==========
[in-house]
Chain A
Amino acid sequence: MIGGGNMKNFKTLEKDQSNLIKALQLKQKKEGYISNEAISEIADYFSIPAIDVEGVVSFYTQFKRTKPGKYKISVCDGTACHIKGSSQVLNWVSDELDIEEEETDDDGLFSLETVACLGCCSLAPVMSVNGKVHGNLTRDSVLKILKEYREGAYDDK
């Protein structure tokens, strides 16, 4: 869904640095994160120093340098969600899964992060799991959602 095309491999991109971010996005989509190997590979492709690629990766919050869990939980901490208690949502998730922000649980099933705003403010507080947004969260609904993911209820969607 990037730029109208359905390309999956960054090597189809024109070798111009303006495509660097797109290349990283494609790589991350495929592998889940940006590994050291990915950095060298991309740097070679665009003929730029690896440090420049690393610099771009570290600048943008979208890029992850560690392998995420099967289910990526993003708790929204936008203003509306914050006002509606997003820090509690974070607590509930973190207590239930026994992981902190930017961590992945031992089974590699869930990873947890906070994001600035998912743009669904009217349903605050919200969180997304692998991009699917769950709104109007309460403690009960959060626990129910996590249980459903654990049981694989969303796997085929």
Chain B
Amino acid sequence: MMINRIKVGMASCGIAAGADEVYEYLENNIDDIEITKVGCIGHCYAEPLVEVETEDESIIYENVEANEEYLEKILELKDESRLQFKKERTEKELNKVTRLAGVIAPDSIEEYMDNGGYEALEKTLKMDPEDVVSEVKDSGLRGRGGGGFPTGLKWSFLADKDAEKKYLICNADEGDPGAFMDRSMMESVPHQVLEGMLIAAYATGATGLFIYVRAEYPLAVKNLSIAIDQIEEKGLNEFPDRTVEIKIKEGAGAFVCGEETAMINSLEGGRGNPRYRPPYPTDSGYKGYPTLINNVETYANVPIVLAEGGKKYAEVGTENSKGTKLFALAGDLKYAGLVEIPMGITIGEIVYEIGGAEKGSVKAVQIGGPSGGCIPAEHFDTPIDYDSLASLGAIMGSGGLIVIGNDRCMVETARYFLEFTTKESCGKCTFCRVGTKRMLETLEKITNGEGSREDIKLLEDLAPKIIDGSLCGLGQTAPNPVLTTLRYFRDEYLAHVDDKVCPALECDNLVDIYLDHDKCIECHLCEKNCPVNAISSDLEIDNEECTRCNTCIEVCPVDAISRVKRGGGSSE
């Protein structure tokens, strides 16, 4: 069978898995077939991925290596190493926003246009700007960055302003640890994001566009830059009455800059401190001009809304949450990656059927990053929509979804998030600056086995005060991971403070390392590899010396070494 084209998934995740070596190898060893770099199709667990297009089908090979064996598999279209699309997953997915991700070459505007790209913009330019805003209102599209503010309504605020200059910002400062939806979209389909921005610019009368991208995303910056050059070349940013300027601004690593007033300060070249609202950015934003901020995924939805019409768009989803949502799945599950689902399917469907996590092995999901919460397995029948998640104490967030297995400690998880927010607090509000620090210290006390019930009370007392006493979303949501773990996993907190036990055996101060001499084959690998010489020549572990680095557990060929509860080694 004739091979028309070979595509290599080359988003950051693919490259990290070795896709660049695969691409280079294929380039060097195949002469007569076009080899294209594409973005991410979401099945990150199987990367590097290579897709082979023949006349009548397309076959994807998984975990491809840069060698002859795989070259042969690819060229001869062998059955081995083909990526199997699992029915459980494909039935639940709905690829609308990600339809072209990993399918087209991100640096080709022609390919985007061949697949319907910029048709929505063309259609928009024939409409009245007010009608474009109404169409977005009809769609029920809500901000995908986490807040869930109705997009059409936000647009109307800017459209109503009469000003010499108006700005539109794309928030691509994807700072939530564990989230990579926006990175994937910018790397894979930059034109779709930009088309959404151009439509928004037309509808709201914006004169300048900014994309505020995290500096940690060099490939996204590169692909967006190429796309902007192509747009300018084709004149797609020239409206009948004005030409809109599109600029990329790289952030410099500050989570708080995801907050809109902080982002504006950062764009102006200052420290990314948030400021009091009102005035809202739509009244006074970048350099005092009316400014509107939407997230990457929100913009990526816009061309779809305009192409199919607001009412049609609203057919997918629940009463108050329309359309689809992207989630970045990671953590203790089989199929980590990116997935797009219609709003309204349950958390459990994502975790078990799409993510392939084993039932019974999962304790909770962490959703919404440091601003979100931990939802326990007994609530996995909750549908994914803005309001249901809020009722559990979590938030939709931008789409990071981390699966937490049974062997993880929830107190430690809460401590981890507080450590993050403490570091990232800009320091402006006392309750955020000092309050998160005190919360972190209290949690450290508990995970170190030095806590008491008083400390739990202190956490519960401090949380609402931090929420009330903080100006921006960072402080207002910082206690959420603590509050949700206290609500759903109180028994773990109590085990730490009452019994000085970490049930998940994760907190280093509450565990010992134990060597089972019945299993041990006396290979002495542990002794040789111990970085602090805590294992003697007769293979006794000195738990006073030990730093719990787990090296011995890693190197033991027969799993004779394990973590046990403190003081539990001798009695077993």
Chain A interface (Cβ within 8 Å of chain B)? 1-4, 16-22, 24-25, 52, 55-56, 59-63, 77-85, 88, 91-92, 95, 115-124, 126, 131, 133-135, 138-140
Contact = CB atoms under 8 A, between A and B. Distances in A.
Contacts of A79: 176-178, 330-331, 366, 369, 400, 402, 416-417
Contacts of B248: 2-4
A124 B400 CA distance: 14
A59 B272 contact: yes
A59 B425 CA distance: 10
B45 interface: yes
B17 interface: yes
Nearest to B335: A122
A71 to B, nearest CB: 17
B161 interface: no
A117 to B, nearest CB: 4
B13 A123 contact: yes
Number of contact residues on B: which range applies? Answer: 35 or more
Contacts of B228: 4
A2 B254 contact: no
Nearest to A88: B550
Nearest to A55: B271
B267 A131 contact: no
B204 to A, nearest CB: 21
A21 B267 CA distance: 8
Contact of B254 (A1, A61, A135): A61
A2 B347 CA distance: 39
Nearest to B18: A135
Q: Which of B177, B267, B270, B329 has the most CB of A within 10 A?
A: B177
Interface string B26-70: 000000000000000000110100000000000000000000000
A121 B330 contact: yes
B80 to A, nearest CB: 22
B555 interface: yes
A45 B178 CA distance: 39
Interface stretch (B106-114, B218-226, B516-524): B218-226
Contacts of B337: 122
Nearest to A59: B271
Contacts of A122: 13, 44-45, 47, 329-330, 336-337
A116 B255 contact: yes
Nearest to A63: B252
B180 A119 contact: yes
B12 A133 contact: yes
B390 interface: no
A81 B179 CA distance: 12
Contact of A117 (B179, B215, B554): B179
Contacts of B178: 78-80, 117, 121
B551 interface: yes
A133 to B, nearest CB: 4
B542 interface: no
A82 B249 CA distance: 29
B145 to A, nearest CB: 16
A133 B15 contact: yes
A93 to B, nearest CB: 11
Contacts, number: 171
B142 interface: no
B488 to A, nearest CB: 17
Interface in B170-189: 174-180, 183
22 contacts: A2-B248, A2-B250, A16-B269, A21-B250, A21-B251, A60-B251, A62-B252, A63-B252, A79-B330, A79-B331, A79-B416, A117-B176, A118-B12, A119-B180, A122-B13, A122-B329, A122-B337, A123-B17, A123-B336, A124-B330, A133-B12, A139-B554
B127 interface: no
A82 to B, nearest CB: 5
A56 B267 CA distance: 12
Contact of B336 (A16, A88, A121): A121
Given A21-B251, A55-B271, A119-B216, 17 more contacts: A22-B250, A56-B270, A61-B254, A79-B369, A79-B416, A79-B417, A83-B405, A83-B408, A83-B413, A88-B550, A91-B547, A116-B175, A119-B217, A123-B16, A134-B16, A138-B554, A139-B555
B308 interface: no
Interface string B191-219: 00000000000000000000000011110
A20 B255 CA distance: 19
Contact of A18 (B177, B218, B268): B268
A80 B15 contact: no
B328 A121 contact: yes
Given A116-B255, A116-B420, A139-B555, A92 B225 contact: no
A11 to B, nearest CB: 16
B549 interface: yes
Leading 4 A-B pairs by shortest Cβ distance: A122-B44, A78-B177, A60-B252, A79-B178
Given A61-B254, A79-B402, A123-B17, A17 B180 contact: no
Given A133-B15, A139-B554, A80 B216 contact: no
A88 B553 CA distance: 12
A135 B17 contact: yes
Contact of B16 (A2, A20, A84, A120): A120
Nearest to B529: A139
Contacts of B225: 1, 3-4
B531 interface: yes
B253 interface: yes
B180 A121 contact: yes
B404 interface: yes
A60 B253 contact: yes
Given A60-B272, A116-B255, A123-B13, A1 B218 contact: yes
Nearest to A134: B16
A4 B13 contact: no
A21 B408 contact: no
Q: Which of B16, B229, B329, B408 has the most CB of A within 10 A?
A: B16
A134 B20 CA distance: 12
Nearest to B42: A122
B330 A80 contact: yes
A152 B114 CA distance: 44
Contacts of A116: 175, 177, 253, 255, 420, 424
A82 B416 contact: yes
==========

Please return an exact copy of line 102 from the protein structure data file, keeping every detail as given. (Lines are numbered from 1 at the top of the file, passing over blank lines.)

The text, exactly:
A82 B416 contact: yes